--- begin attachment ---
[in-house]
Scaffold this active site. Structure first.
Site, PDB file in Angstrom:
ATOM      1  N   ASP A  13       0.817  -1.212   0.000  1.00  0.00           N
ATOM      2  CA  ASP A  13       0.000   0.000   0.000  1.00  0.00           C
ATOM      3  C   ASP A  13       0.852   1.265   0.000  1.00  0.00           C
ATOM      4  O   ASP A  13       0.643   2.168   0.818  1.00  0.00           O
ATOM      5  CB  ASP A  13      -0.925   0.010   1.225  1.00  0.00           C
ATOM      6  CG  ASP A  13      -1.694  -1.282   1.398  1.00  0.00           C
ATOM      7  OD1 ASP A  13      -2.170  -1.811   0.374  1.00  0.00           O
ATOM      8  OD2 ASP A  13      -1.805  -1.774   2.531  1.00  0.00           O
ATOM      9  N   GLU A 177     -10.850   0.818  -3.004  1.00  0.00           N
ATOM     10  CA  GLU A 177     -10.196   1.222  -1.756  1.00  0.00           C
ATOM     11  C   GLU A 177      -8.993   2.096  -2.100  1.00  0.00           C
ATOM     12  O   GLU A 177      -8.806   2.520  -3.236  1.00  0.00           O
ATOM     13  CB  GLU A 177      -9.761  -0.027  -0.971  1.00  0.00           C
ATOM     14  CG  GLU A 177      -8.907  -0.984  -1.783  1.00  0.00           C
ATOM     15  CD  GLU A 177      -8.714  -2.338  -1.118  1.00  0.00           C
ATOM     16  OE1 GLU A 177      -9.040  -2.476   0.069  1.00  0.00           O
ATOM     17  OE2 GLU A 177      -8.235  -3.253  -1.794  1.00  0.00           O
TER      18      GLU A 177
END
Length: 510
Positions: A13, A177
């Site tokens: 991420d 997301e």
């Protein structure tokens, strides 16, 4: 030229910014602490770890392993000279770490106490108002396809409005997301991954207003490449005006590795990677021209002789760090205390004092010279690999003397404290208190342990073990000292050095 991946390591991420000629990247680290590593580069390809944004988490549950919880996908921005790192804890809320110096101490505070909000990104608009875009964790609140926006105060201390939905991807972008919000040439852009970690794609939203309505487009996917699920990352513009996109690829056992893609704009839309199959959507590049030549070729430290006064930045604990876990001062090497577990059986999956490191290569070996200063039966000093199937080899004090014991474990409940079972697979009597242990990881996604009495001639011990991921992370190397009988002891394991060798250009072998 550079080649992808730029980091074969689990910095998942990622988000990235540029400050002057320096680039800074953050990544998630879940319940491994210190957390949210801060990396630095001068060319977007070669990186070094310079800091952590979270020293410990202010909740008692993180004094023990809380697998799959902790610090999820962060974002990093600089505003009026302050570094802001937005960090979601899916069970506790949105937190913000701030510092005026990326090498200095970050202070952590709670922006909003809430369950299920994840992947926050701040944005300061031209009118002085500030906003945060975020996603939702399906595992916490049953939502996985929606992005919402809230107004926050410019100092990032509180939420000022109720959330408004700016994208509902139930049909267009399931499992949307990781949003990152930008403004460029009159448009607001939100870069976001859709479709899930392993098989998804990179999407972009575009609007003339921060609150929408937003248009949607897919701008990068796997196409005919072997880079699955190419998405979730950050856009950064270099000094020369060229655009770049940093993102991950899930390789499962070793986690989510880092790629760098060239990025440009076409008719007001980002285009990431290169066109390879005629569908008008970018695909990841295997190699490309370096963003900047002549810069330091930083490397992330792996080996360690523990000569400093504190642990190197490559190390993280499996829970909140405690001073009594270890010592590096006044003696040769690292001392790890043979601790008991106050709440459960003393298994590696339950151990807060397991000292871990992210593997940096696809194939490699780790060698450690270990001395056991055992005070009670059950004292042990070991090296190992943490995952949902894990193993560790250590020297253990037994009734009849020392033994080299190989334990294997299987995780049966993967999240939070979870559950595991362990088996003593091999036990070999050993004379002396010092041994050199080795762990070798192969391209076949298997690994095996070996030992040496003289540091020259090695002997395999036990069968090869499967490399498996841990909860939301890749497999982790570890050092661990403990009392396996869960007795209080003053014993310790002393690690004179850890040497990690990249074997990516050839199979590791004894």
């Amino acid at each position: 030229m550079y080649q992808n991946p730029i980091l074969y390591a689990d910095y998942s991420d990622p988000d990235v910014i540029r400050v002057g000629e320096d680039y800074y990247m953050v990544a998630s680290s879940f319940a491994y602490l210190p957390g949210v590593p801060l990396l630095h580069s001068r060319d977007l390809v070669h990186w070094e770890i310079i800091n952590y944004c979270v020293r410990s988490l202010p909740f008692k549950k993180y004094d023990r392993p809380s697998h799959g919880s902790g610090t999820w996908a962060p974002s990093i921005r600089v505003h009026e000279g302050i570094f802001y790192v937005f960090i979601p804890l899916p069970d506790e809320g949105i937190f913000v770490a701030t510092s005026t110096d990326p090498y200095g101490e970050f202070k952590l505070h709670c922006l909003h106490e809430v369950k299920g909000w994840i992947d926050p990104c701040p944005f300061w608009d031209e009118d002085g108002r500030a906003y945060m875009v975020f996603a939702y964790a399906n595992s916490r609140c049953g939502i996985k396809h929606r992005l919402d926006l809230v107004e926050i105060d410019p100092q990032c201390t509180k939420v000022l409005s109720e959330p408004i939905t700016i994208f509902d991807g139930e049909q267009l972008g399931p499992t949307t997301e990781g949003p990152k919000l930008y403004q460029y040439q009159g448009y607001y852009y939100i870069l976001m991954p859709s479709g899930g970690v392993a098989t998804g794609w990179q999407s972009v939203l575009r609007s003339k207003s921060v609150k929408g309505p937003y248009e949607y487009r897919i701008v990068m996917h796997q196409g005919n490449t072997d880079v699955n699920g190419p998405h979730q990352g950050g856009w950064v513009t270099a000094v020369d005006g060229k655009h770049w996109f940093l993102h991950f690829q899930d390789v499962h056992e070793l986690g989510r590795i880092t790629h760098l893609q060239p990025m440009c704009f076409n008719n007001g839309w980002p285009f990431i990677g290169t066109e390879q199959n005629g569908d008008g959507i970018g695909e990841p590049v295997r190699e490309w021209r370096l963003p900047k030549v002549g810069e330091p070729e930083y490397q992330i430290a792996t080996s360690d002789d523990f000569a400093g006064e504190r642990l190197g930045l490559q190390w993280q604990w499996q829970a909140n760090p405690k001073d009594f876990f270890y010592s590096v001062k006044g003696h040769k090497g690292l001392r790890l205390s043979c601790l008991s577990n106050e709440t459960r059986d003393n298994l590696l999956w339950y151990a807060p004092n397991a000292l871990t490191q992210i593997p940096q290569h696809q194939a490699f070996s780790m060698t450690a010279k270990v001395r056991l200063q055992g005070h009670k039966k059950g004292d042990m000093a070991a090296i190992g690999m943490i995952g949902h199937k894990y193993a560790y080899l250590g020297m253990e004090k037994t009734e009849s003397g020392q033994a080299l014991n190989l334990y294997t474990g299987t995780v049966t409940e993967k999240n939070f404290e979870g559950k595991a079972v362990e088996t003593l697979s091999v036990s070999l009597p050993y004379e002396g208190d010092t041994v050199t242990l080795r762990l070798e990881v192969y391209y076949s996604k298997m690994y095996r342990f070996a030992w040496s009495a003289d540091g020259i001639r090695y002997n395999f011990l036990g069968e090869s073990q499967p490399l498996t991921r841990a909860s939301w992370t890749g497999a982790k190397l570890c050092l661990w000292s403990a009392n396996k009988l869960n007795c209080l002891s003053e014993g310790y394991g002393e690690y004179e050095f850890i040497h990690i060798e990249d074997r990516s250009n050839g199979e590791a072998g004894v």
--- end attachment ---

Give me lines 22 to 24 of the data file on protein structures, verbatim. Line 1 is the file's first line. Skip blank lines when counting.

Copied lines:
END
Length: 510
Positions: A13, A177